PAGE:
I'm on staff at a large public university - in the last 10 years, my responsibilities have moved from 100% student support & advising to 20% student support & advising / 80% dealing with mandatory federal and state data reporting. Just in our one college (of eight within the university) we have also added an Assessment office with one faculty (who does not teach) and one staff member. Several faculty have been moved from teaching to assessment responsibilities to comply with state and federal assessment requirements. Several years ago, the state imposed a mandatory comprehensive assessment with no financial support. The choice was to eliminate the programs, pass all fees to the students, or cut everywhere else to come up with the resources. We're doing a combination dance, but it's hurt everything. The constant demand for increased data (which is mostly useless) has bloated the payroll - but feds and state legislature keep upping the requirements.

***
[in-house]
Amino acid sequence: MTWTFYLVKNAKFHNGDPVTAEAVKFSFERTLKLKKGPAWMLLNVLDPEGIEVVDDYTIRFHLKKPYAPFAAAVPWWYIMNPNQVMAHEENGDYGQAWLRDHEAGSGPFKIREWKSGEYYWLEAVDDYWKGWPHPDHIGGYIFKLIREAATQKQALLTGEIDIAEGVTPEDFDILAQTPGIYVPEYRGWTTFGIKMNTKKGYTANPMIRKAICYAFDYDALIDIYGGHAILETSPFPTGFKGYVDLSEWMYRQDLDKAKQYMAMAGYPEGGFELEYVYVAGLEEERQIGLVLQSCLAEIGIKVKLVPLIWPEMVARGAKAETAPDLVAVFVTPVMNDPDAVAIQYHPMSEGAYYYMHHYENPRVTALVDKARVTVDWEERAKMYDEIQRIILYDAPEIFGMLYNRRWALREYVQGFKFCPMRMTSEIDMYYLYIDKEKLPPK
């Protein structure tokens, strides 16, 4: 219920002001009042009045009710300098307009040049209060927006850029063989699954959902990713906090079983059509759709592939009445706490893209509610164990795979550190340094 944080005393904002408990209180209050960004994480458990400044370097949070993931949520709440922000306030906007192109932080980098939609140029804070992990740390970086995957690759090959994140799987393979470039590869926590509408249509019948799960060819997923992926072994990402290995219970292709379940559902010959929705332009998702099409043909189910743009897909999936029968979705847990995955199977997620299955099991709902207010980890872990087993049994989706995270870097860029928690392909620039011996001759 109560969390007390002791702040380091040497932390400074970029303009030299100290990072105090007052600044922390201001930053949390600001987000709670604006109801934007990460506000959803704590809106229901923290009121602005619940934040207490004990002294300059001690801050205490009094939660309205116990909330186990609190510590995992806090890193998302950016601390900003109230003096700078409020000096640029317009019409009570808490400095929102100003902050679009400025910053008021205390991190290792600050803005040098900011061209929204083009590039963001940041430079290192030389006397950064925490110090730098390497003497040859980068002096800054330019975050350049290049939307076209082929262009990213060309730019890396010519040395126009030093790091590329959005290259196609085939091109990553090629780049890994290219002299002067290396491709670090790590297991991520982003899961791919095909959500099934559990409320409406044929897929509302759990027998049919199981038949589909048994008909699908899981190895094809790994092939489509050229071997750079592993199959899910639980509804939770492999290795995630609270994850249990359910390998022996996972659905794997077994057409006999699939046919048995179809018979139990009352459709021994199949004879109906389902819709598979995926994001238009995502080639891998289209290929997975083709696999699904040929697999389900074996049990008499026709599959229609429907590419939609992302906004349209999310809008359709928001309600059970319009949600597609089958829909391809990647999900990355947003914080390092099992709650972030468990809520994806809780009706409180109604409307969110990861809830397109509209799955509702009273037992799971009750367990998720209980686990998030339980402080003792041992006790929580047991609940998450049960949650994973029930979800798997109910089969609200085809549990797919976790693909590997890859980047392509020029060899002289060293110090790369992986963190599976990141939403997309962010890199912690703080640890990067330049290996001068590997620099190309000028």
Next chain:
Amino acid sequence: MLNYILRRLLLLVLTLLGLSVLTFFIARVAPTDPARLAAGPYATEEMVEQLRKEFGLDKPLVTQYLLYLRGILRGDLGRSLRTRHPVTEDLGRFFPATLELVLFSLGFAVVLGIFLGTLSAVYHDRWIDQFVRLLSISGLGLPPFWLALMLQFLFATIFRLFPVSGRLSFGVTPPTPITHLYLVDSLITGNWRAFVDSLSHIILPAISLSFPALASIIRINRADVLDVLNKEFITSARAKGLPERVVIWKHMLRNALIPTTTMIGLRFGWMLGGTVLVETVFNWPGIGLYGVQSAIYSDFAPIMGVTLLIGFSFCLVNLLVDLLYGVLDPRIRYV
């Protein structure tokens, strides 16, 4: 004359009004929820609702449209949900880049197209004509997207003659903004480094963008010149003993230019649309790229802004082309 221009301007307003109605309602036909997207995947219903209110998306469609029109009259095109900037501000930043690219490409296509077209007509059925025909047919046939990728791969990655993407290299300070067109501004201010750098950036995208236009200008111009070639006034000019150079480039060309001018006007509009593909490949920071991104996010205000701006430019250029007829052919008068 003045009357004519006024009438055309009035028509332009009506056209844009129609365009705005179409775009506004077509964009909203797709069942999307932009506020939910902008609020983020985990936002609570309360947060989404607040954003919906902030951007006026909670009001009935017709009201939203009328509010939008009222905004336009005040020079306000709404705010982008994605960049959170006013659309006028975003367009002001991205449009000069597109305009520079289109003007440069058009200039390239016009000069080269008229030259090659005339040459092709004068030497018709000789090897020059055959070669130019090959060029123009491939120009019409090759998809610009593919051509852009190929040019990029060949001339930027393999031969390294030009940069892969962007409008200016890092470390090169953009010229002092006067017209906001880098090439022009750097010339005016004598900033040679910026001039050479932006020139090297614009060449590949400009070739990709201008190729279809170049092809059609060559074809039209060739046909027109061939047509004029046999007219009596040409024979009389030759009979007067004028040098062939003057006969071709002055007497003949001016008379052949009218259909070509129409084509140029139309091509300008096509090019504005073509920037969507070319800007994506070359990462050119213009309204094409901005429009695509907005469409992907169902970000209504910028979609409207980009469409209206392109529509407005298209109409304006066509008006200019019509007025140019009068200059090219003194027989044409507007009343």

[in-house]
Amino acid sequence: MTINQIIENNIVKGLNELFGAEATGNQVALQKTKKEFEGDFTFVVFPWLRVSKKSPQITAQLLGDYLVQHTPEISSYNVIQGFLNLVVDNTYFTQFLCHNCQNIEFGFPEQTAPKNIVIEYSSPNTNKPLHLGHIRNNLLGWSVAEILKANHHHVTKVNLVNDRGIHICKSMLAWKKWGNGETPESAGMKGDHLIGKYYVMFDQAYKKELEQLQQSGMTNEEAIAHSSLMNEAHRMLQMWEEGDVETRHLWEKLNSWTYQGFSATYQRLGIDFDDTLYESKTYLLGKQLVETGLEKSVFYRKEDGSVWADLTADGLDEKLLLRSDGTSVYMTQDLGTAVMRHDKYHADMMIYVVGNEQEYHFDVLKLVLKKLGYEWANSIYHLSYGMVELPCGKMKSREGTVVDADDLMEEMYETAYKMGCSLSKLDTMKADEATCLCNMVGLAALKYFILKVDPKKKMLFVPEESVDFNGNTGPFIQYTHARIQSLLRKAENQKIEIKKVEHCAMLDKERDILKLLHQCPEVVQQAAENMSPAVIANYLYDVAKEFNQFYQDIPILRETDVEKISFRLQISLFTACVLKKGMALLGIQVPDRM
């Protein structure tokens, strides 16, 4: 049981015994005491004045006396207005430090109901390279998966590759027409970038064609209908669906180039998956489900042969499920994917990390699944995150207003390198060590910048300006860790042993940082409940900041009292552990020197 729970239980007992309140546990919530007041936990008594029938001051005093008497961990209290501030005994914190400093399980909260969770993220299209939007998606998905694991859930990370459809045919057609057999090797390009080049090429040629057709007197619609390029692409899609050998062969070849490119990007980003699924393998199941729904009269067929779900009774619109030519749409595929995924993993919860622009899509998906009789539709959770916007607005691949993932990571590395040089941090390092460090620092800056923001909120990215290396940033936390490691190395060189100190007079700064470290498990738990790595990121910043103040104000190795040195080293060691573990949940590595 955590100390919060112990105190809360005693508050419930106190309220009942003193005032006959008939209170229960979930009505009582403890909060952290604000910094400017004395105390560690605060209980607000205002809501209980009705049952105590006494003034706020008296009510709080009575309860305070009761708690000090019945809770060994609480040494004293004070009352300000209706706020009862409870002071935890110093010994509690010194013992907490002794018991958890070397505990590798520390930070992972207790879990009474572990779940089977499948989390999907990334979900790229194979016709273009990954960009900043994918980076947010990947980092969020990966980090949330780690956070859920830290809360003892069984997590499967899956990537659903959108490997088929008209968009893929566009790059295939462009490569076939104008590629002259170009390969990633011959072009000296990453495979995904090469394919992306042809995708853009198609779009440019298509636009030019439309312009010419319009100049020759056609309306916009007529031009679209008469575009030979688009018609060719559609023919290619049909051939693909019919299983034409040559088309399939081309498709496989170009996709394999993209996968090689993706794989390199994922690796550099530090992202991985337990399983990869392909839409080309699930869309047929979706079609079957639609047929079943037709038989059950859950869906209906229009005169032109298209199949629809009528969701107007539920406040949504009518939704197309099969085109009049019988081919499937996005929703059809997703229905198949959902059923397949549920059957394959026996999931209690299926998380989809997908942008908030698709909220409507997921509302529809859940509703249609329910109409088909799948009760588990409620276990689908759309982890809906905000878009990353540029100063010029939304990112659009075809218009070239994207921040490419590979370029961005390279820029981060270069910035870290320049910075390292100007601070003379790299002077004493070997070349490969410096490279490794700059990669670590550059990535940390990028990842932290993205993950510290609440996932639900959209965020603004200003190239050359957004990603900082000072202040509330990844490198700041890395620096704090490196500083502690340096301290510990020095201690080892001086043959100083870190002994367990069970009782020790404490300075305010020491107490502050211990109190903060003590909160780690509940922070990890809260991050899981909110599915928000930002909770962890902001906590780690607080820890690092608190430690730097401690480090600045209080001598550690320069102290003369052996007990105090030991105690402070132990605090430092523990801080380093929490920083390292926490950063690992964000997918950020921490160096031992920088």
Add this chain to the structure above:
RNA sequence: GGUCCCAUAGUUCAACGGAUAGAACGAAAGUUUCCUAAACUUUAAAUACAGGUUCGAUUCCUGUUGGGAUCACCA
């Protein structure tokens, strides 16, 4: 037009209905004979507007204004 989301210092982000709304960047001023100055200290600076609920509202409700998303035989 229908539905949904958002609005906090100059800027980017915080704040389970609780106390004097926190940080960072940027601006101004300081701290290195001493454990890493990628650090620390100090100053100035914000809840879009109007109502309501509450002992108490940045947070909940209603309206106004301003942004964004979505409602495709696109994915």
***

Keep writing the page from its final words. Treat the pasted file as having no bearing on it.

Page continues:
So you need to add "increased data and assessment requirements" to that list.
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Old 06-29-2010, 12:28 PM   #146
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So are we saying that philosophy degrees should be almost entirely taxpayer-subsidized while degrees in science, engineering, business and pre-professional studies should have no subsidy at all (and perhaps charged more than cost in order to subsidize history majors)?

[Edit to add: If some majors are charged more because of the need to pay higher salaries to compete with private industry in that field, that's one thing and I can see that. But I don't think taxpayer subsidies should vary.]